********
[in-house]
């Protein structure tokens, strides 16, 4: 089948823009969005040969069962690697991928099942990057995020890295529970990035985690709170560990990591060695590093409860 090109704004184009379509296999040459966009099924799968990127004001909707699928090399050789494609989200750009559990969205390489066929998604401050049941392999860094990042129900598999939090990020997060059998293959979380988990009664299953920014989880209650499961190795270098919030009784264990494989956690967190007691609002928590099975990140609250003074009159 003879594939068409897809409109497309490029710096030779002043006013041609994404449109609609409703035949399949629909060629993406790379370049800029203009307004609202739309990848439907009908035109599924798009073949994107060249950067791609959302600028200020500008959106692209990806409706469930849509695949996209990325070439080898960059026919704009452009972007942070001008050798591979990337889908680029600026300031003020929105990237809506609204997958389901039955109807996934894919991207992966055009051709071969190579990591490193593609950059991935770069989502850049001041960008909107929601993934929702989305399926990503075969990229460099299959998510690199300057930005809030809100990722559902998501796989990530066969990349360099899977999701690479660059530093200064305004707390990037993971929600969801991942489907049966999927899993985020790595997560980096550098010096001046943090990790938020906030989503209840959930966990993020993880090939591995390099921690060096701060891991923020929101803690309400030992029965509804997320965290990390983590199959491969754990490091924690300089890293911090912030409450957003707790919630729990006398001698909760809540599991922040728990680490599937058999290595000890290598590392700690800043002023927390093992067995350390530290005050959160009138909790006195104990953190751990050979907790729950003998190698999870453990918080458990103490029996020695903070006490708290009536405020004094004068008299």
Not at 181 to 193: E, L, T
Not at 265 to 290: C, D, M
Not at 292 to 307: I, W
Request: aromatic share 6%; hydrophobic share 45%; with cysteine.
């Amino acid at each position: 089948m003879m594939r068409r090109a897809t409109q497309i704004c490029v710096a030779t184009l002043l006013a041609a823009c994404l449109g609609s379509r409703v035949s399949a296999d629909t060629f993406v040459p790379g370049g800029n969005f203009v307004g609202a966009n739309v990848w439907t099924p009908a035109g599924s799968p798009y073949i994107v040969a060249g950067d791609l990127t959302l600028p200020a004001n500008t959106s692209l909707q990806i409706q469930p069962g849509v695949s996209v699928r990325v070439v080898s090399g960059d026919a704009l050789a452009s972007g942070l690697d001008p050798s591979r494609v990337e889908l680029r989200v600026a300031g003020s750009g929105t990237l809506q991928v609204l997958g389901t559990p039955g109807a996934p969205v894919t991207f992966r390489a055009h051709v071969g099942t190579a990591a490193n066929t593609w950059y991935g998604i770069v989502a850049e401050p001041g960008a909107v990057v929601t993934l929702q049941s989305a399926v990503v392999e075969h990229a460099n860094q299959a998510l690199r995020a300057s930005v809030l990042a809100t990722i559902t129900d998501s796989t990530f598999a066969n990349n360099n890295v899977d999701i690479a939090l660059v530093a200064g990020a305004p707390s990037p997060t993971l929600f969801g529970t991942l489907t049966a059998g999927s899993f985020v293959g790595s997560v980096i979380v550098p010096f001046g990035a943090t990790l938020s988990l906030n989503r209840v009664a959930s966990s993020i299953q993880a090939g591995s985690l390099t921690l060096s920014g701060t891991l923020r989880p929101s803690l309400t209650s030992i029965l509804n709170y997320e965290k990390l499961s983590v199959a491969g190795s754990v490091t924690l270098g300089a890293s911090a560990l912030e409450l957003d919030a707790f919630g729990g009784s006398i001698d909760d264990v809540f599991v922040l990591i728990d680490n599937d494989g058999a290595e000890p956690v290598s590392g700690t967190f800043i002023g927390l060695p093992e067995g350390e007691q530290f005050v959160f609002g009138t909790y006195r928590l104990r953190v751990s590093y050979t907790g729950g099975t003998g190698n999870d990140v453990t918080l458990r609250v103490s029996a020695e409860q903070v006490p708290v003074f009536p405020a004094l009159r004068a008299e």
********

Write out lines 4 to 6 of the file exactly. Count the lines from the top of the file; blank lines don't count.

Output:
Not at 265 to 290: C, D, M
Not at 292 to 307: I, W
Request: aromatic share 6%; hydrophobic share 45%; with cysteine.